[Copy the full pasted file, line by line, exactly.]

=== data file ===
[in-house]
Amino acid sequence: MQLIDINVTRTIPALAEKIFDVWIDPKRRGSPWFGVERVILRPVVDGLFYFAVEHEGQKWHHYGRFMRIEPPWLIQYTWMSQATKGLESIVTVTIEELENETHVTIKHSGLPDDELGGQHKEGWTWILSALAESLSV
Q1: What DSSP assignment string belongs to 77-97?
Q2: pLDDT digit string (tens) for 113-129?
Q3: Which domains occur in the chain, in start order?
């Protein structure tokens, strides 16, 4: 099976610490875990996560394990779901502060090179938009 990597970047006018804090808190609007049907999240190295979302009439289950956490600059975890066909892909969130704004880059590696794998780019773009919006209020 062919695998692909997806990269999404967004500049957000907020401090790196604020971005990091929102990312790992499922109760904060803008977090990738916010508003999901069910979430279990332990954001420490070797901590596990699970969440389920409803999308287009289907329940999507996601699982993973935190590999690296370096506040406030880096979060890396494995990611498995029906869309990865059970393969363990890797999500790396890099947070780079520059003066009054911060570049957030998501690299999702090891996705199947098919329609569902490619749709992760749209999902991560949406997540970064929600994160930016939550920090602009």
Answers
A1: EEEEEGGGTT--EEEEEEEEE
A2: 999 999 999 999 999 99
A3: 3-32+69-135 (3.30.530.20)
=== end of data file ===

[in-house]
Amino acid sequence: MQLIDINVTRTIPALAEKIFDVWIDPKRRGSPWFGVERVILRPVVDGLFYFAVEHEGQKWHHYGRFMRIEPPWLIQYTWMSQATKGLESIVTVTIEELENETHVTIKHSGLPDDELGGQHKEGWTWILSALAESLSV
Q1: What DSSP assignment string belongs to 77-97?
Q2: pLDDT digit string (tens) for 113-129?
Q3: Which domains occur in the chain, in start order?
């Protein structure tokens, strides 16, 4: 099976610490875990996560394990779901502060090179938009 990597970047006018804090808190609007049907999240190295979302009439289950956490600059975890066909892909969130704004880059590696794998780019773009919006209020 062919695998692909997806990269999404967004500049957000907020401090790196604020971005990091929102990312790992499922109760904060803008977090990738916010508003999901069910979430279990332990954001420490070797901590596990699970969440389920409803999308287009289907329940999507996601699982993973935190590999690296370096506040406030880096979060890396494995990611498995029906869309990865059970393969363990890797999500790396890099947070780079520059003066009054911060570049957030998501690299999702090891996705199947098919329609569902490619749709992760749209999902991560949406997540970064929600994160930016939550920090602009």
Answers
A1: EEEEEGGGTT--EEEEEEEEE
A2: 999 999 999 999 999 99
A3: 3-32+69-135 (3.30.530.20)